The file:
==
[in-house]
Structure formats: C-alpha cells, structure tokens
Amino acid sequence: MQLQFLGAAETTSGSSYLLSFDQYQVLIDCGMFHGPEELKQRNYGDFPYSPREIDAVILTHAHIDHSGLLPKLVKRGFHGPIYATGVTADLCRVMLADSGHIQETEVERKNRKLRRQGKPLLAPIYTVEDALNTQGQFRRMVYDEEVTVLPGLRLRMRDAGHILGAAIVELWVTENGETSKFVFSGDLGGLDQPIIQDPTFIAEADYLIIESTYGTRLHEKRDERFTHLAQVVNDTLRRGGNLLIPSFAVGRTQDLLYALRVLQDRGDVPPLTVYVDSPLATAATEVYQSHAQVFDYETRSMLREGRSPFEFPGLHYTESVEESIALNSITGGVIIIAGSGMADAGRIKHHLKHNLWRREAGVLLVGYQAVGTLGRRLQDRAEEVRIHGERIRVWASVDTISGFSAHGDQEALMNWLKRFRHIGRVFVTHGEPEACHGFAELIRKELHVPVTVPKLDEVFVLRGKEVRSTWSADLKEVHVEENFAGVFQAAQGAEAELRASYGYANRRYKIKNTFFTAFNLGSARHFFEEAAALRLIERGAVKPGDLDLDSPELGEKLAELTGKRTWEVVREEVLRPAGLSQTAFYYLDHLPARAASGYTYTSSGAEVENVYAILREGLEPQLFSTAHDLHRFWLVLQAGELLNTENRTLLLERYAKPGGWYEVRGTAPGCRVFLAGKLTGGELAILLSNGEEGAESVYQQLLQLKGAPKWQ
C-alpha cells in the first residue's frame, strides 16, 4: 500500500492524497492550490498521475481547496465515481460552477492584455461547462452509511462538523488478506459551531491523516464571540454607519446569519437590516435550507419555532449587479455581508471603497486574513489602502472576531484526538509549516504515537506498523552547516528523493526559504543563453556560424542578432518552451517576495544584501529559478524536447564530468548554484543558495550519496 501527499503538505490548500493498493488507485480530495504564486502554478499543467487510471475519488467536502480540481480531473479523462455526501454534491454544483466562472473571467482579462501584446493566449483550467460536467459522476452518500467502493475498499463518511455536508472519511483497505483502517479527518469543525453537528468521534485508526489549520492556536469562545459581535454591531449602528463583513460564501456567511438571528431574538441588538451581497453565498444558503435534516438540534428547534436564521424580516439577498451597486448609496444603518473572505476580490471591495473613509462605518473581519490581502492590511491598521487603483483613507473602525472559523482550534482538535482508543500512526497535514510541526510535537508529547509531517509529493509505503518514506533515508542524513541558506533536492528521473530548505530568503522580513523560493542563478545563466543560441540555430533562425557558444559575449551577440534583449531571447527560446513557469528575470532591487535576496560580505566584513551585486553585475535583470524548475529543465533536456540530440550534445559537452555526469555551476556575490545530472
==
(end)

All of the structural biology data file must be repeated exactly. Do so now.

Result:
[in-house]
Structure formats: C-alpha cells, structure tokens
Amino acid sequence: MQLQFLGAAETTSGSSYLLSFDQYQVLIDCGMFHGPEELKQRNYGDFPYSPREIDAVILTHAHIDHSGLLPKLVKRGFHGPIYATGVTADLCRVMLADSGHIQETEVERKNRKLRRQGKPLLAPIYTVEDALNTQGQFRRMVYDEEVTVLPGLRLRMRDAGHILGAAIVELWVTENGETSKFVFSGDLGGLDQPIIQDPTFIAEADYLIIESTYGTRLHEKRDERFTHLAQVVNDTLRRGGNLLIPSFAVGRTQDLLYALRVLQDRGDVPPLTVYVDSPLATAATEVYQSHAQVFDYETRSMLREGRSPFEFPGLHYTESVEESIALNSITGGVIIIAGSGMADAGRIKHHLKHNLWRREAGVLLVGYQAVGTLGRRLQDRAEEVRIHGERIRVWASVDTISGFSAHGDQEALMNWLKRFRHIGRVFVTHGEPEACHGFAELIRKELHVPVTVPKLDEVFVLRGKEVRSTWSADLKEVHVEENFAGVFQAAQGAEAELRASYGYANRRYKIKNTFFTAFNLGSARHFFEEAAALRLIERGAVKPGDLDLDSPELGEKLAELTGKRTWEVVREEVLRPAGLSQTAFYYLDHLPARAASGYTYTSSGAEVENVYAILREGLEPQLFSTAHDLHRFWLVLQAGELLNTENRTLLLERYAKPGGWYEVRGTAPGCRVFLAGKLTGGELAILLSNGEEGAESVYQQLLQLKGAPKWQ
C-alpha cells in the first residue's frame, strides 16, 4: 500500500492524497492550490498521475481547496465515481460552477492584455461547462452509511462538523488478506459551531491523516464571540454607519446569519437590516435550507419555532449587479455581508471603497486574513489602502472576531484526538509549516504515537506498523552547516528523493526559504543563453556560424542578432518552451517576495544584501529559478524536447564530468548554484543558495550519496 501527499503538505490548500493498493488507485480530495504564486502554478499543467487510471475519488467536502480540481480531473479523462455526501454534491454544483466562472473571467482579462501584446493566449483550467460536467459522476452518500467502493475498499463518511455536508472519511483497505483502517479527518469543525453537528468521534485508526489549520492556536469562545459581535454591531449602528463583513460564501456567511438571528431574538441588538451581497453565498444558503435534516438540534428547534436564521424580516439577498451597486448609496444603518473572505476580490471591495473613509462605518473581519490581502492590511491598521487603483483613507473602525472559523482550534482538535482508543500512526497535514510541526510535537508529547509531517509529493509505503518514506533515508542524513541558506533536492528521473530548505530568503522580513523560493542563478545563466543560441540555430533562425557558444559575449551577440534583449531571447527560446513557469528575470532591487535576496560580505566584513551585486553585475535583470524548475529543465533536456540530440550534445559537452555526469555551476556575490545530472